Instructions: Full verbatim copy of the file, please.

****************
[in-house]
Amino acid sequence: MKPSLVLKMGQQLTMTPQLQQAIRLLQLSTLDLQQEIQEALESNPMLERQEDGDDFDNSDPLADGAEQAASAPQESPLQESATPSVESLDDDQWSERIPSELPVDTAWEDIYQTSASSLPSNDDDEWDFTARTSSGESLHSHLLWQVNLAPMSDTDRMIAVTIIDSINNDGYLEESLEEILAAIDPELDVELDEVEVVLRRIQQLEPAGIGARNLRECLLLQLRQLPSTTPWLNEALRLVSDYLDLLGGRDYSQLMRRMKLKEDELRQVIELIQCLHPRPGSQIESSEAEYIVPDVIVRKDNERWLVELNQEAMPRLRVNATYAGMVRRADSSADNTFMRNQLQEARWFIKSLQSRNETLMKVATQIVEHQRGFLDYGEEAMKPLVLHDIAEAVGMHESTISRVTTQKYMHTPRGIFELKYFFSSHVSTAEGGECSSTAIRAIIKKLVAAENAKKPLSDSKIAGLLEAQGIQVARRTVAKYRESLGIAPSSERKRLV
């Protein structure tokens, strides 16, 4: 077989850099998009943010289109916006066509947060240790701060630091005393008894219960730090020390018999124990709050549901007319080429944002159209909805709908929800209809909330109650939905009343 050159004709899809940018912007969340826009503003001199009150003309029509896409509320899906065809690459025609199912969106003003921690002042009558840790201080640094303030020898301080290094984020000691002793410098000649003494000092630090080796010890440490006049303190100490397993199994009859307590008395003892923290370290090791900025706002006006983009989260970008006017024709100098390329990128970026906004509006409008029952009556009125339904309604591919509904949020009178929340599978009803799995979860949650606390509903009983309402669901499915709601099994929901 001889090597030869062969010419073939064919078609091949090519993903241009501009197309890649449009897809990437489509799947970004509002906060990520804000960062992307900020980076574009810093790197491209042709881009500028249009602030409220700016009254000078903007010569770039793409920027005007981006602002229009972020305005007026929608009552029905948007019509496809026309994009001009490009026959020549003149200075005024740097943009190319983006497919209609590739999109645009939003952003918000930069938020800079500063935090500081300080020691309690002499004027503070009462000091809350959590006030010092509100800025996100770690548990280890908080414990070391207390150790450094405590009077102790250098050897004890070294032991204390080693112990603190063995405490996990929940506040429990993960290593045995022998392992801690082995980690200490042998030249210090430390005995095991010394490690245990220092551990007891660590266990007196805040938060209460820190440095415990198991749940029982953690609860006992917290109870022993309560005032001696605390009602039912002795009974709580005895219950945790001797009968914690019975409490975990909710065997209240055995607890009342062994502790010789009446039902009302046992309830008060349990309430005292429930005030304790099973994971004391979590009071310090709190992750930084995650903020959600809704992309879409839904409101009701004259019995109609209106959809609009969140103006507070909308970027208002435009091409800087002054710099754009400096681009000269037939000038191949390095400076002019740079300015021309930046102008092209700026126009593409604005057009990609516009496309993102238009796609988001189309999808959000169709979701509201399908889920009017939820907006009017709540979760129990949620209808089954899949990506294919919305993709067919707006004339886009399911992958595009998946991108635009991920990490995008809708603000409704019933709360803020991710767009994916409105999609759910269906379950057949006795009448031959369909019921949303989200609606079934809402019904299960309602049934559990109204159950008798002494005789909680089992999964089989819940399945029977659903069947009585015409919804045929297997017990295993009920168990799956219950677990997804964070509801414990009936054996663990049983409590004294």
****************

[in-house]
Amino acid sequence: MKPSLVLKMGQQLTMTPQLQQAIRLLQLSTLDLQQEIQEALESNPMLERQEDGDDFDNSDPLADGAEQAASAPQESPLQESATPSVESLDDDQWSERIPSELPVDTAWEDIYQTSASSLPSNDDDEWDFTARTSSGESLHSHLLWQVNLAPMSDTDRMIAVTIIDSINNDGYLEESLEEILAAIDPELDVELDEVEVVLRRIQQLEPAGIGARNLRECLLLQLRQLPSTTPWLNEALRLVSDYLDLLGGRDYSQLMRRMKLKEDELRQVIELIQCLHPRPGSQIESSEAEYIVPDVIVRKDNERWLVELNQEAMPRLRVNATYAGMVRRADSSADNTFMRNQLQEARWFIKSLQSRNETLMKVATQIVEHQRGFLDYGEEAMKPLVLHDIAEAVGMHESTISRVTTQKYMHTPRGIFELKYFFSSHVSTAEGGECSSTAIRAIIKKLVAAENAKKPLSDSKIAGLLEAQGIQVARRTVAKYRESLGIAPSSERKRLV
């Protein structure tokens, strides 16, 4: 077989850099998009943010289109916006066509947060240790701060630091005393008894219960730090020390018999124990709050549901007319080429944002159209909805709908929800209809909330109650939905009343 050159004709899809940018912007969340826009503003001199009150003309029509896409509320899906065809690459025609199912969106003003921690002042009558840790201080640094303030020898301080290094984020000691002793410098000649003494000092630090080796010890440490006049303190100490397993199994009859307590008395003892923290370290090791900025706002006006983009989260970008006017024709100098390329990128970026906004509006409008029952009556009125339904309604591919509904949020009178929340599978009803799995979860949650606390509903009983309402669901499915709601099994929901 001889090597030869062969010419073939064919078609091949090519993903241009501009197309890649449009897809990437489509799947970004509002906060990520804000960062992307900020980076574009810093790197491209042709881009500028249009602030409220700016009254000078903007010569770039793409920027005007981006602002229009972020305005007026929608009552029905948007019509496809026309994009001009490009026959020549003149200075005024740097943009190319983006497919209609590739999109645009939003952003918000930069938020800079500063935090500081300080020691309690002499004027503070009462000091809350959590006030010092509100800025996100770690548990280890908080414990070391207390150790450094405590009077102790250098050897004890070294032991204390080693112990603190063995405490996990929940506040429990993960290593045995022998392992801690082995980690200490042998030249210090430390005995095991010394490690245990220092551990007891660590266990007196805040938060209460820190440095415990198991749940029982953690609860006992917290109870022993309560005032001696605390009602039912002795009974709580005895219950945790001797009968914690019975409490975990909710065997209240055995607890009342062994502790010789009446039902009302046992309830008060349990309430005292429930005030304790099973994971004391979590009071310090709190992750930084995650903020959600809704992309879409839904409101009701004259019995109609209106959809609009969140103006507070909308970027208002435009091409800087002054710099754009400096681009000269037939000038191949390095400076002019740079300015021309930046102008092209700026126009593409604005057009990609516009496309993102238009796609988001189309999808959000169709979701509201399908889920009017939820907006009017709540979760129990949620209808089954899949990506294919919305993709067919707006004339886009399911992958595009998946991108635009991920990490995008809708603000409704019933709360803020991710767009994916409105999609759910269906379950057949006795009448031959369909019921949303989200609606079934809402019904299960309602049934559990109204159950008798002494005789909680089992999964089989819940399945029977659903069947009585015409919804045929297997017990295993009920168990799956219950677990997804964070509801414990009936054996663990049983409590004294």